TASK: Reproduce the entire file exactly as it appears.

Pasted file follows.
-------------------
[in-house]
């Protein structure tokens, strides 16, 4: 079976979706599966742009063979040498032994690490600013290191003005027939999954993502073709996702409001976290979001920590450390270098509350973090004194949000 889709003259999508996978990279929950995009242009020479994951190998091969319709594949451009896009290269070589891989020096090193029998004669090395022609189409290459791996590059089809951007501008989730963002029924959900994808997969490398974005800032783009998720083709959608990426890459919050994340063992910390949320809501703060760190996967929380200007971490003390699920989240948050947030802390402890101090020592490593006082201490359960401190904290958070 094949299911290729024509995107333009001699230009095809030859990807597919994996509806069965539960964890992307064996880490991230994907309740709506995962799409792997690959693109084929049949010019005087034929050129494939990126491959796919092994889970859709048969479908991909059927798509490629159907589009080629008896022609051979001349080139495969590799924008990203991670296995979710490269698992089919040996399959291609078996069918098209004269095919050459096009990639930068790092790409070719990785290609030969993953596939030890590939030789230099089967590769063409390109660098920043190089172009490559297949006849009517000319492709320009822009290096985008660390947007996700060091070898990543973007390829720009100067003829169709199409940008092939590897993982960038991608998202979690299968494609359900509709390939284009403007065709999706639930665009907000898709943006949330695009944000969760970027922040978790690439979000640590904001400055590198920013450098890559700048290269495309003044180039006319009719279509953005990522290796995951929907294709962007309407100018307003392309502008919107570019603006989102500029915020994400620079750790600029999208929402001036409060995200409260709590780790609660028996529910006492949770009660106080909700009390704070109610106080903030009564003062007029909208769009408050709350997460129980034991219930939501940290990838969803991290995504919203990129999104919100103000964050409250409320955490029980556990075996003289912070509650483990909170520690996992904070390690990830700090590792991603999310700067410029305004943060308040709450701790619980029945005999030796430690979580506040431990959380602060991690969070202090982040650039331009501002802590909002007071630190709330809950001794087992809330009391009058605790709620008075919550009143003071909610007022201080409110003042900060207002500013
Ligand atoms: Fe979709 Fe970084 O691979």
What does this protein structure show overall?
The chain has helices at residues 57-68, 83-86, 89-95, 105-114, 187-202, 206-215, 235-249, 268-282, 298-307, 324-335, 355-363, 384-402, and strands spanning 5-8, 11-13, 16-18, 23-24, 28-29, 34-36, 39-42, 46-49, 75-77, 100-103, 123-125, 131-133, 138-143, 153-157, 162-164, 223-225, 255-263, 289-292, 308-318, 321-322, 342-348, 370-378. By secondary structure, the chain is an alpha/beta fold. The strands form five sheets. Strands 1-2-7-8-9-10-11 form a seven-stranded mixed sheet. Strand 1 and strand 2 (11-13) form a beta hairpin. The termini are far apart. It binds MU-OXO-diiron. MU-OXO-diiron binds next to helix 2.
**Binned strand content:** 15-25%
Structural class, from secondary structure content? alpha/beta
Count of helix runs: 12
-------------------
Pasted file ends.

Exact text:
[in-house]
């Protein structure tokens, strides 16, 4: 079976979706599966742009063979040498032994690490600013290191003005027939999954993502073709996702409001976290979001920590450390270098509350973090004194949000 889709003259999508996978990279929950995009242009020479994951190998091969319709594949451009896009290269070589891989020096090193029998004669090395022609189409290459791996590059089809951007501008989730963002029924959900994808997969490398974005800032783009998720083709959608990426890459919050994340063992910390949320809501703060760190996967929380200007971490003390699920989240948050947030802390402890101090020592490593006082201490359960401190904290958070 094949299911290729024509995107333009001699230009095809030859990807597919994996509806069965539960964890992307064996880490991230994907309740709506995962799409792997690959693109084929049949010019005087034929050129494939990126491959796919092994889970859709048969479908991909059927798509490629159907589009080629008896022609051979001349080139495969590799924008990203991670296995979710490269698992089919040996399959291609078996069918098209004269095919050459096009990639930068790092790409070719990785290609030969993953596939030890590939030789230099089967590769063409390109660098920043190089172009490559297949006849009517000319492709320009822009290096985008660390947007996700060091070898990543973007390829720009100067003829169709199409940008092939590897993982960038991608998202979690299968494609359900509709390939284009403007065709999706639930665009907000898709943006949330695009944000969760970027922040978790690439979000640590904001400055590198920013450098890559700048290269495309003044180039006319009719279509953005990522290796995951929907294709962007309407100018307003392309502008919107570019603006989102500029915020994400620079750790600029999208929402001036409060995200409260709590780790609660028996529910006492949770009660106080909700009390704070109610106080903030009564003062007029909208769009408050709350997460129980034991219930939501940290990838969803991290995504919203990129999104919100103000964050409250409320955490029980556990075996003289912070509650483990909170520690996992904070390690990830700090590792991603999310700067410029305004943060308040709450701790619980029945005999030796430690979580506040431990959380602060991690969070202090982040650039331009501002802590909002007071630190709330809950001794087992809330009391009058605790709620008075919550009143003071909610007022201080409110003042900060207002500013
Ligand atoms: Fe979709 Fe970084 O691979």
What does this protein structure show overall?
The chain has helices at residues 57-68, 83-86, 89-95, 105-114, 187-202, 206-215, 235-249, 268-282, 298-307, 324-335, 355-363, 384-402, and strands spanning 5-8, 11-13, 16-18, 23-24, 28-29, 34-36, 39-42, 46-49, 75-77, 100-103, 123-125, 131-133, 138-143, 153-157, 162-164, 223-225, 255-263, 289-292, 308-318, 321-322, 342-348, 370-378. By secondary structure, the chain is an alpha/beta fold. The strands form five sheets. Strands 1-2-7-8-9-10-11 form a seven-stranded mixed sheet. Strand 1 and strand 2 (11-13) form a beta hairpin. The termini are far apart. It binds MU-OXO-diiron. MU-OXO-diiron binds next to helix 2.
**Binned strand content:** 15-25%
Structural class, from secondary structure content? alpha/beta
Count of helix runs: 12